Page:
On April 5, 2012 President Obama signed the JOBS Act into law. In accordance with the JOBS Act requirement that all crowdfunding platforms (i.e. websites and intermediaries) be a member of a national securities association, the new self regulatory organization (SRO), The Crowdfunding Intermediary Regulatory Association (CFIRA) has already been formed. The CFIRA will be charged with ensuring investor protection and market integrity. The CFIRA will have members from crowdfunding investor intermediaries as well as related industries such as venture capital firms. In addition to regulating its members, the CFIRA will provide investors with information such as learning about crowdfunding and its risks.
Opportunity For All Americans
Crowdfunding provides an opportunity for all Americans, whether accredited or not, and whether connected with an elite investment banking firm or not, to invest small amounts of money in small businesses that they know or just believe in. Small businesses provide jobs and sometimes small businesses become big businesses. For the first time
As I recently blogged, the President has signed the Jobs Act including the much anticipated Crowdfunding bill. Crowdfunding is a process whereby companies will be able to raise small amounts of money either directly off their own website or using intermediaries set up for the purpose. The Securities Act of 1933, as amended, (Securities Act) prohibits the sale or delivery of any security unless such security is either registered or exempt from registration. Crowdfunding will be an exemption from registration. The exemption will likely be codified as a new and separate exemption likely under Regulation D and will include an overhaul of the current general provisions of Regulation D found in Rules 501-503.
Crowdfunding Exemption Possibilities
The exemption will likely be limited to $1 million in any twelve (12) month period, or up to $2 million if the company provides certain financial disclosure such as audited financial statements. As proposed, each investor will be limited $10,000 or 10%
As I discussed in a recent blog, the attraction of the small cap and reverse merger market has diminished greatly in the past two years. The Over the Counter market has become an expensive place to conduct business; the antithesis of the very reason small companies sought to list there to begin with. Accessing capital markets for microcap companies is not as simple as it once was.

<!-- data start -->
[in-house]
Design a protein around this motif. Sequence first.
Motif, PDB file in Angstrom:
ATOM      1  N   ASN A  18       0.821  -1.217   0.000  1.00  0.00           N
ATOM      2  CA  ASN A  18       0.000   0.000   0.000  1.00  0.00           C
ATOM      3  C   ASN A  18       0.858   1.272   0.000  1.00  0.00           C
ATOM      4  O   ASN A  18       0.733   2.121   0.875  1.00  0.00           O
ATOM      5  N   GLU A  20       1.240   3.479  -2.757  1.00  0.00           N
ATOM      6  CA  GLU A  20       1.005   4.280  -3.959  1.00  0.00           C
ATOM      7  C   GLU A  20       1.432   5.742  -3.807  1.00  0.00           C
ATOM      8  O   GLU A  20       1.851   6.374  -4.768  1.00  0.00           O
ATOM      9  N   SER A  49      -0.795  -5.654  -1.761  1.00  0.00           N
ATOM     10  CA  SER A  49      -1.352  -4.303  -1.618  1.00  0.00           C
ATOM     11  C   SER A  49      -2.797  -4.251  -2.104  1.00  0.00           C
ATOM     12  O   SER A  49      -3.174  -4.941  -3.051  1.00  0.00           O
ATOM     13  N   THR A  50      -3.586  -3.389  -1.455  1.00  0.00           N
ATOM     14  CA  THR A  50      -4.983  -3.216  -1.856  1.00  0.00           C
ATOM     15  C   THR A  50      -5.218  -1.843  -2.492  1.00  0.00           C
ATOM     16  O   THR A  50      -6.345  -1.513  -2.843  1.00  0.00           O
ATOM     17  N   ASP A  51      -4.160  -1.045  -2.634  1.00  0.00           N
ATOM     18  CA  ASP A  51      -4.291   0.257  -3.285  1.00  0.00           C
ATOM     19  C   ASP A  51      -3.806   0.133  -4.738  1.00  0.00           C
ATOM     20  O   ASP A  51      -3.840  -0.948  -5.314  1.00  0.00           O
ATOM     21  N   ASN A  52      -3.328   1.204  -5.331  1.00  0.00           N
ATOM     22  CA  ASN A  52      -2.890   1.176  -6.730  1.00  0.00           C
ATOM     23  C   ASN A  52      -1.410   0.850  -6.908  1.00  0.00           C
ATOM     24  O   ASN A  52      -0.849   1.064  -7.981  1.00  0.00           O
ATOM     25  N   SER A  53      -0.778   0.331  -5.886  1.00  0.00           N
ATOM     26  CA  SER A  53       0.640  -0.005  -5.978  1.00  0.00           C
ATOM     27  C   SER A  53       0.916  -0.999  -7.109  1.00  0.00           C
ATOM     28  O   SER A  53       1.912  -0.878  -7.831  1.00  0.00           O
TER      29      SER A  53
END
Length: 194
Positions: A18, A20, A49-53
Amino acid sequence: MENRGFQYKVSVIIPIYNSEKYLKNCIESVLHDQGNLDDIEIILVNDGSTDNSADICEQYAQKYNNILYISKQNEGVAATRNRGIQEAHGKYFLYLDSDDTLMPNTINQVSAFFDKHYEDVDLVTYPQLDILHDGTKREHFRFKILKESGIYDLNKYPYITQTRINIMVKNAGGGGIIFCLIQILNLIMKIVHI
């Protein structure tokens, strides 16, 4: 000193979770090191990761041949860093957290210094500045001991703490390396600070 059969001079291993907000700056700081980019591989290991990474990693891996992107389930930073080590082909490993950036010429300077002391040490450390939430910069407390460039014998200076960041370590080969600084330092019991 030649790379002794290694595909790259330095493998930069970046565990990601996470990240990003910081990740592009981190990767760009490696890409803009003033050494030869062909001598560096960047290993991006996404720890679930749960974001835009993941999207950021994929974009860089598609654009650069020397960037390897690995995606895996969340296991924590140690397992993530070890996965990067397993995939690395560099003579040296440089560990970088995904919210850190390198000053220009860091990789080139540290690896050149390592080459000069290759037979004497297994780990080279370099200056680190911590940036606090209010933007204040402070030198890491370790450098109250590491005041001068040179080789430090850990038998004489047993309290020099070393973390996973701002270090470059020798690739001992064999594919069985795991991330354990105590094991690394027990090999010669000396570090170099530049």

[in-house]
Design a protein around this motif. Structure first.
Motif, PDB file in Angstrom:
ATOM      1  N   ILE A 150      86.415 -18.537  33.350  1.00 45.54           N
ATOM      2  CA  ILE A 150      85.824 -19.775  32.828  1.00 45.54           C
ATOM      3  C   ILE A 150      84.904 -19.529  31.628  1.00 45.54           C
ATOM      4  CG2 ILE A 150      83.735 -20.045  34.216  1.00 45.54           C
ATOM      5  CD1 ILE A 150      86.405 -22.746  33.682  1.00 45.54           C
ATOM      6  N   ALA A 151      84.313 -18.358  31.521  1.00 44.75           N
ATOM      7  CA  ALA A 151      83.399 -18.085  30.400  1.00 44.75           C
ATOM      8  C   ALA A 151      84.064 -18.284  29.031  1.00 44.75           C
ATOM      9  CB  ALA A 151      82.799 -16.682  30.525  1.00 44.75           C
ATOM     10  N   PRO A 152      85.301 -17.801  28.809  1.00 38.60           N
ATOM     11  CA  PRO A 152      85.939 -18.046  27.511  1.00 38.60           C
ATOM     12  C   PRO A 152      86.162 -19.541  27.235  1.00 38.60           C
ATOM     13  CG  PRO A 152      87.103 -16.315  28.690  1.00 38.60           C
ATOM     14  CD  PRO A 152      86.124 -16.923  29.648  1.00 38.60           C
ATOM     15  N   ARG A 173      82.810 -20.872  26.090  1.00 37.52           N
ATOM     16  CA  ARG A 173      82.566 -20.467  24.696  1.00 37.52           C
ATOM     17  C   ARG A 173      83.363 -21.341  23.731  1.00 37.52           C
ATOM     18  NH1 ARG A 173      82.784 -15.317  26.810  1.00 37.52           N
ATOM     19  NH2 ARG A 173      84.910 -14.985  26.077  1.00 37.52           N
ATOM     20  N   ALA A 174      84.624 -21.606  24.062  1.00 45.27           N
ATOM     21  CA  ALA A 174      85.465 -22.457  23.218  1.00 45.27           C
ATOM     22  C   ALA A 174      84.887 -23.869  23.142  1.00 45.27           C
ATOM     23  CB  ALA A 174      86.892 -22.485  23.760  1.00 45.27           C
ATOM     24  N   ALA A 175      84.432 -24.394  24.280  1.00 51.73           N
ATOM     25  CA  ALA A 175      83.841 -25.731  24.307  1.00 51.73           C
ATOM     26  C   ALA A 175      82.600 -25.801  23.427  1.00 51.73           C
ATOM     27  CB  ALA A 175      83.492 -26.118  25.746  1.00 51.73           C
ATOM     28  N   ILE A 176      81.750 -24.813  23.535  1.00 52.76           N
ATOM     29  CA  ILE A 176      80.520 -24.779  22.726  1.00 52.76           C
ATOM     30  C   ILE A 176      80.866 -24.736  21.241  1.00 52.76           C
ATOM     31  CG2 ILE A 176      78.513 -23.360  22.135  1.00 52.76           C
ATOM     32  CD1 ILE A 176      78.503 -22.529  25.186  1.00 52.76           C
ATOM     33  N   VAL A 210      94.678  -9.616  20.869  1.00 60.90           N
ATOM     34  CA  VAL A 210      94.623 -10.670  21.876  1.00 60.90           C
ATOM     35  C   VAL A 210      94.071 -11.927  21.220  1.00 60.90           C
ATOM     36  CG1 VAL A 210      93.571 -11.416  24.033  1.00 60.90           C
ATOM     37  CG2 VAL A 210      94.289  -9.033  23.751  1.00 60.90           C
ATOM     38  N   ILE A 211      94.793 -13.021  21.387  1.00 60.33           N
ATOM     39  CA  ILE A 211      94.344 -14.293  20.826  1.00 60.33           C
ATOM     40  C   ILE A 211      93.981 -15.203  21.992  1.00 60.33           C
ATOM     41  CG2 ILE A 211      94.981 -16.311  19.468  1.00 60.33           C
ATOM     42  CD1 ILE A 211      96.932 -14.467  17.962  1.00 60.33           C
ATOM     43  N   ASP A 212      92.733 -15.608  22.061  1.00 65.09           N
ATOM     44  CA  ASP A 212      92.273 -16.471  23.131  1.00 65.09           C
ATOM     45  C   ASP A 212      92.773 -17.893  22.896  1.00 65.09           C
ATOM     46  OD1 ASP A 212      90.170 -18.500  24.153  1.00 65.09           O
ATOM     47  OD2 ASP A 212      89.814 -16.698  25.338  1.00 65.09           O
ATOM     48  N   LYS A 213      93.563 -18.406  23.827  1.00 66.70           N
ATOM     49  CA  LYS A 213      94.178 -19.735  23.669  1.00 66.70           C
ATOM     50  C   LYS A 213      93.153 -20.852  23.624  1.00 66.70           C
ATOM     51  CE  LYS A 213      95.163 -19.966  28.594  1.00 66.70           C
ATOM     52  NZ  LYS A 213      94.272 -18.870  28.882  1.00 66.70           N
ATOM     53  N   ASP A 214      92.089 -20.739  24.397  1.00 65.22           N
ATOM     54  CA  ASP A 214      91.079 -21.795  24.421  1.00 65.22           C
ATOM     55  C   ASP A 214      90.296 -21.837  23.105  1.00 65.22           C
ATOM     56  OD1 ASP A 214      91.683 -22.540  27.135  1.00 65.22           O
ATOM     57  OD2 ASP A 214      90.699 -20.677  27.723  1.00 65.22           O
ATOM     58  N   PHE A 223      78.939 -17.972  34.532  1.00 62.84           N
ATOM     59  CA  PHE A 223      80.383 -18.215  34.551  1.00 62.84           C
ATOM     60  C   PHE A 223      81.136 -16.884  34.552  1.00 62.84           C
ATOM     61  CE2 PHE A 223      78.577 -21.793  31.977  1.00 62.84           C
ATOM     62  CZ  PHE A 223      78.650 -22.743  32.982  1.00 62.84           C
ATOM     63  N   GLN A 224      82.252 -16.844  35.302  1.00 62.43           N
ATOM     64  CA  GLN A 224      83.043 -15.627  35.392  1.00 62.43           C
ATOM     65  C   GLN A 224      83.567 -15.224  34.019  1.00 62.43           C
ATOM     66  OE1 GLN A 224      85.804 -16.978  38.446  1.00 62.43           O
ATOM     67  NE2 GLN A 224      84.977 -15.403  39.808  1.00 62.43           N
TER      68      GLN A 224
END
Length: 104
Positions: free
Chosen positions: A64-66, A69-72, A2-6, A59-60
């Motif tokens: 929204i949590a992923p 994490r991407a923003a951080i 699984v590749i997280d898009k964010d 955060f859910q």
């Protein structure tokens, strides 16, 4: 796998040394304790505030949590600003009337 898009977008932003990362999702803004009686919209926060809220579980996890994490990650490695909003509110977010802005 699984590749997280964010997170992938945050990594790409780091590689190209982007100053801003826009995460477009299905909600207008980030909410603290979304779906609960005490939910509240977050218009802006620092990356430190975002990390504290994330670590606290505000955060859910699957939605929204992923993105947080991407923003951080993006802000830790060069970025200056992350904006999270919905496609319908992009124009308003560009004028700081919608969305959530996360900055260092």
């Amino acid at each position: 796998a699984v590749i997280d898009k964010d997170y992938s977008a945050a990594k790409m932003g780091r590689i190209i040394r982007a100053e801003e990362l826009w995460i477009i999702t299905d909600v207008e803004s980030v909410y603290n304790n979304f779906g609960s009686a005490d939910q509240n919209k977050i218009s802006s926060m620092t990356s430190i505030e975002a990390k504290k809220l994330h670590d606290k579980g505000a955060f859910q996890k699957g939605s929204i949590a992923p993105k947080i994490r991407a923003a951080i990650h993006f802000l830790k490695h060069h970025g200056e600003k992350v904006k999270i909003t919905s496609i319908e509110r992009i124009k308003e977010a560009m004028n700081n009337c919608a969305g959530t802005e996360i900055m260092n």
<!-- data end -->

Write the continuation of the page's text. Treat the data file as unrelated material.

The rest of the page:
In addition to the added expensive of complying with the Securities Exchange Act of 1934 disclosure requirements, the marketplace invites speculators who short sell (bet that the price of a stock will go down) and hedge with derivatives, often creating unpredictable volatility and share prices not indicative of the underlying value of the actual business.
No Automatic Liquidity for Issuers
Being public is no guarantee of liquidity either. It’s fantastic for an issuer to state that their stock is being quoted at $5.00 per share, but if there is no volume (the shares
Are Rule 419 Companies poised to be the next big thing in the small-cap sector?
Recently, the small-cap and reverse merger market has diminished substantially. Operating businesses are wary of completing reverse mergers, and PIPE investors are harder to come by. The reasons for this are easily identifiable.
First – The General State of the Economy
Simply stated, it’s not good.
Second – The Backlash from a Series of Fraud Allegations, SEC Enforcement Actions, and Trading Suspensions of Chinese Company’s Following Reverse Mergers
Chinese company reverse mergers dominated the shell company business for years; now there are none. Moreover, it is unlikely that this area will recover any time soon. The Chinese government and US regulators must reach agreement and a mutual understanding regarding PCAOB review of Chinese audits. Even then, it may take years for the stigma to fade.
Third – The Rule 144 Changes Enacted in 2008
As discussed in previous blogs Rule 144(i),
This is the third in a series of articles I am writing regarding DTC (Depository Trust Company) eligibility for OTC (Over the Counter) Issuers. OTC Issuers include all companies whose securities trade on the over the counter market, including the OTCBB, OTCQB and Pink Sheets. All technical information in this article comes from the DTC website.
As detailed in my first two articles in this series, in order to become and remain DTC eligible, and Issuer must have a transfer agent that has completed and has on file with DTC a DTC Operational Arrangements Agent Letter. In addition, all Issuers must meet the requirements set forth in the DTC Operational Arrangements (OA). This article begins to discuss the OA necessary for an Issue to become and remain eligible for DTC service. Moreover, the OA rules relate to and regard all Issuers. This article will only discuss those rules and requirements for OTC Issuers.
The DTC OA states: